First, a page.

A human chest showing lung cancer
A human chest showing lung cancer | stockdevil/Getty Images

Age to get screened: 55

When it comes to the deadliest cancer for men, lung cancer takes the cake, WebMD says. Even if you’re not a smoker and are presenting no obvious symptoms, you need to get tested by age 55. During testing, it’s likely your doctor will scan your chest and look at the lungs for lesions or unusual growths.

Getting this scan once a year can be life-saving, and it’s advised you start at age 55 and get them until you’re 80. If you’ve been a smoker for multiple years, it can still be to your benefit to quit, too, so consider this.

Next: Older men are most susceptible to this health issue.

12. Abdominal aortic aneurysm

Team of doctors running in a hospital hallway
Team of doctors running in a hospital hallway | Wavebreakmedia/iStock/Getty Images

Age to get screened: 65

This health condition is shockingly common, and it involves the enlargement of the aorta, which is the blood vessel at the abdominal level that delivers blood to the rest of the body. If you have an aortic aneurysm and it bursts, it can threaten your life. For this reason, Harvard Health Publishing suggests anyone over the age of 65 up until the age of 75 should get tested, especially if you’ve ever smoked.

If you suspect you have an abdominal aortic aneurysm, you may experience a pulsating near your belly button. Having pain in your back or stomach area can also indicate a rupture may be incoming.

Next: Make sure you’re getting screened for this cancer, too.

13. Testicular cancer

Doctor Using Ultrasound Scan On Abdomen Of Senior Male Patient
Doctor running tests on a middle-aged man | AndreyPopov/Getty Images

Age to get screened: 40

The good thing is that testicular cancer can typically be found early before it’s spread, which makes treatment easier. Lumps or swollen testicles are typically the first indicator that something is amiss, says the American Cancer Society. But in other circumstances there are no symptoms at all, so it’s important that you’re getting tested once you reach age 40.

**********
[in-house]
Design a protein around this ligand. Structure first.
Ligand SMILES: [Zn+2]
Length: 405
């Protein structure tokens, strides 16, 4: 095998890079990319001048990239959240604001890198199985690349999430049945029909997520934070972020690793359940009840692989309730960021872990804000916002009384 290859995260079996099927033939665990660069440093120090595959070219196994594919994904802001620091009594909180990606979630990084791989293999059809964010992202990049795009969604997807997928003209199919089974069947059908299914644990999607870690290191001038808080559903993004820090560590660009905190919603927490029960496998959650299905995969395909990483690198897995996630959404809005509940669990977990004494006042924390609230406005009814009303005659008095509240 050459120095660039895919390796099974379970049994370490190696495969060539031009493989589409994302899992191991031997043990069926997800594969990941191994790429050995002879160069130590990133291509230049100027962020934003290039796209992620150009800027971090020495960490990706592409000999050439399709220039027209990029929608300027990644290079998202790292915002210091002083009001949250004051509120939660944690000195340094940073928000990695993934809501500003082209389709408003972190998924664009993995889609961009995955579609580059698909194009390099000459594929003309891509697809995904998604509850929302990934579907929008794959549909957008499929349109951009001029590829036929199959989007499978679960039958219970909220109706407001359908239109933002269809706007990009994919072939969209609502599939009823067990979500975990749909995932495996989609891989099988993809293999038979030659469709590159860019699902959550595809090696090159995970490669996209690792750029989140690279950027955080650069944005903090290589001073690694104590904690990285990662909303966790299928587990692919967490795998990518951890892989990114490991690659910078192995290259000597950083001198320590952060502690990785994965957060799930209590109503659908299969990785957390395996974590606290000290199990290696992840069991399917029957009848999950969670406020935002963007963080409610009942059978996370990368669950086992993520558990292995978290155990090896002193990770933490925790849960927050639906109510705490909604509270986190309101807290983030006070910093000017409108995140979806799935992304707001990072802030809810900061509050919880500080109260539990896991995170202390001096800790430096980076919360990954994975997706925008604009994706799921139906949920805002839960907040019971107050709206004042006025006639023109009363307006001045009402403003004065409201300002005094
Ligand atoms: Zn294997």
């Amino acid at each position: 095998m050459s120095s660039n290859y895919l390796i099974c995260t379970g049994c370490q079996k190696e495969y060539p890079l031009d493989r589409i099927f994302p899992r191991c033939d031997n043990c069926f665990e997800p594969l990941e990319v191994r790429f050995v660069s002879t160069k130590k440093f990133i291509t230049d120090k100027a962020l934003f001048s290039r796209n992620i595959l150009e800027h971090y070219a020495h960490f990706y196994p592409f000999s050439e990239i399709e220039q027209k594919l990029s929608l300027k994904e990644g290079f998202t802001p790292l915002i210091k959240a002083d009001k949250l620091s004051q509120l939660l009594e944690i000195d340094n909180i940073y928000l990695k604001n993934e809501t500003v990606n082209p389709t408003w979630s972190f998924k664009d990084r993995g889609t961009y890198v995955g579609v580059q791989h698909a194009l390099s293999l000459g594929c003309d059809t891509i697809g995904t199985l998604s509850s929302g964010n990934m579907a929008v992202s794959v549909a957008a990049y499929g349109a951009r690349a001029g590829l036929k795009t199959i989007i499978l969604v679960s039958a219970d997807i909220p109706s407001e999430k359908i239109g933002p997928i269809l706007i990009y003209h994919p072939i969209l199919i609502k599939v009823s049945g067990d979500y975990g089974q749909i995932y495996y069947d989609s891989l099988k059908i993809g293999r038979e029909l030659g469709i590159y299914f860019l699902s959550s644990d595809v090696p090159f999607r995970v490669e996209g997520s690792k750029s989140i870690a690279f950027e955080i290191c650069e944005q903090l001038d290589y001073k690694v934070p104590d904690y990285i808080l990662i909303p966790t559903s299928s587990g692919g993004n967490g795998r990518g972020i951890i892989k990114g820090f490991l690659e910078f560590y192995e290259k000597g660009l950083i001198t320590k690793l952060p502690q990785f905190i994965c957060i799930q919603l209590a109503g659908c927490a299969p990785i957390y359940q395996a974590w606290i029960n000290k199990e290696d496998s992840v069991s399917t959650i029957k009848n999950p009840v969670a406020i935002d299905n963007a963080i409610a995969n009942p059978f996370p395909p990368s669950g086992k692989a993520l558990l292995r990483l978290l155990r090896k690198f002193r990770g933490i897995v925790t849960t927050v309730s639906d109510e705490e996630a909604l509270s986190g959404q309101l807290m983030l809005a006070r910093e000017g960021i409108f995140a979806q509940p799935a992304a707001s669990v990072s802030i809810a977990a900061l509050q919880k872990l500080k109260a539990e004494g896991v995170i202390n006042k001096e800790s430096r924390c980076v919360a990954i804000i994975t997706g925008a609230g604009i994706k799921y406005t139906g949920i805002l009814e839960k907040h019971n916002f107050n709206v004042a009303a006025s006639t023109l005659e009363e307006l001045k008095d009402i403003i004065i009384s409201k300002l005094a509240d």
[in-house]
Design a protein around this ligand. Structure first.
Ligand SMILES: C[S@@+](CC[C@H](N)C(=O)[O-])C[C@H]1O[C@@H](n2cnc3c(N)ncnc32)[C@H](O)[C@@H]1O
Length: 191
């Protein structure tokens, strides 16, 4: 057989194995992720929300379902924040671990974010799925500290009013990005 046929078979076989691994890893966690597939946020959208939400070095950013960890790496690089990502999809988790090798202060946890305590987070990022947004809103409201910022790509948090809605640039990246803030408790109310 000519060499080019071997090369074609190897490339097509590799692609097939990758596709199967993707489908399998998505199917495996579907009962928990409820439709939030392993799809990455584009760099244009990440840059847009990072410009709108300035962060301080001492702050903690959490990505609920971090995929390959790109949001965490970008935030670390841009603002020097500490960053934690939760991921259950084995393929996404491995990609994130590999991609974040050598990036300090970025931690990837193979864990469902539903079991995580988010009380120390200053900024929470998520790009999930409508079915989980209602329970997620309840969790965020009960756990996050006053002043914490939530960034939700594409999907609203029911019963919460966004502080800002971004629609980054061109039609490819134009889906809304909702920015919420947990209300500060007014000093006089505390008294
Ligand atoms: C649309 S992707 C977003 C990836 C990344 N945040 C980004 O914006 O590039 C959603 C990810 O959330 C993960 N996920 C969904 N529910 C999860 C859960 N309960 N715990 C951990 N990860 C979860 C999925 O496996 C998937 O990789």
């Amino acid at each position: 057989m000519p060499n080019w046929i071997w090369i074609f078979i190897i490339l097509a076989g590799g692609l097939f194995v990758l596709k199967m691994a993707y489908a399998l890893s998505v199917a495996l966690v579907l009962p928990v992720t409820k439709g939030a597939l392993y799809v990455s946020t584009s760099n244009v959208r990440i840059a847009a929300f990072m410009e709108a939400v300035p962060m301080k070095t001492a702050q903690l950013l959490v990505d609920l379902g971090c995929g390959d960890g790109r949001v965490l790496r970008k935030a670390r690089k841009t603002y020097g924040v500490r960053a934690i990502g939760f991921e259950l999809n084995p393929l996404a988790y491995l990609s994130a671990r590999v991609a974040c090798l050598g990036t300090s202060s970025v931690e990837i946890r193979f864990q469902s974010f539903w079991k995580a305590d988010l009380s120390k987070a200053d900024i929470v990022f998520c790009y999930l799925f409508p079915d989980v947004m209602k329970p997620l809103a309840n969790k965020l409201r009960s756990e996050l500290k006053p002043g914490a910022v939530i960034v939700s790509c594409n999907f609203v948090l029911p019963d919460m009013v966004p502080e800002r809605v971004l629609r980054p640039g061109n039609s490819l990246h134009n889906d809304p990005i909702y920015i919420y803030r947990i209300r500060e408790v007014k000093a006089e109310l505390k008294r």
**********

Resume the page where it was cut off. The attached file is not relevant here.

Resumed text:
You can examine yourself for testicular cancer if you wish, but be advised that this isn’t always enough to indicate whether or not something could be wrong. Getting professionally checked is always the safer way to go.

Next: This seems like a simple test, but it’s helpful to know the results. 

14. Weight and height

Man measuring his stomach for weight gain
Close-up on a man measuring his belly | Ljupco/iStock/Getty Images

Age to get screened: 40

It seems minimal, but it’s always good to know what your weight and height comes down to when visiting the doctor. These two components make up your body mass index, which is what’s used to determine whether you’re at a healthy weight or not. Of course, the BMI doesn’t tell the whole story about your health, but it does offer a quick look that can be helpful.

As far as how often you should get your height and weight checked is concerned, Harvard Health Publishing suggests getting your weight checked annually and getting your height checked every decade after 50.

Next: Like HIV, even if you don’t think you have this, you should get tested.

15. Sexually transmitted infections

Doctor preparing to take blood from a patient
Doctor preparing to take blood from a patient | Yakobchuk Olena/iStock/Getty Images

Age to get screened: 50

If you’ve ever had unprotected sex and you haven’t been tested for STDs or STIs, it’s vital to do that by the time you reach 50. You may experience certain symptoms associated with an STI, like swollen testicles or painful urination, but in many cases, you may not. And you could be one of the millions living with an infection without even knowing it.

Harvard Health Publishing suggests all men at 50 or beyond get a test for syphilis specifically. If you may be at risk for others, don’t hesitate to ask your doctor for additional testing.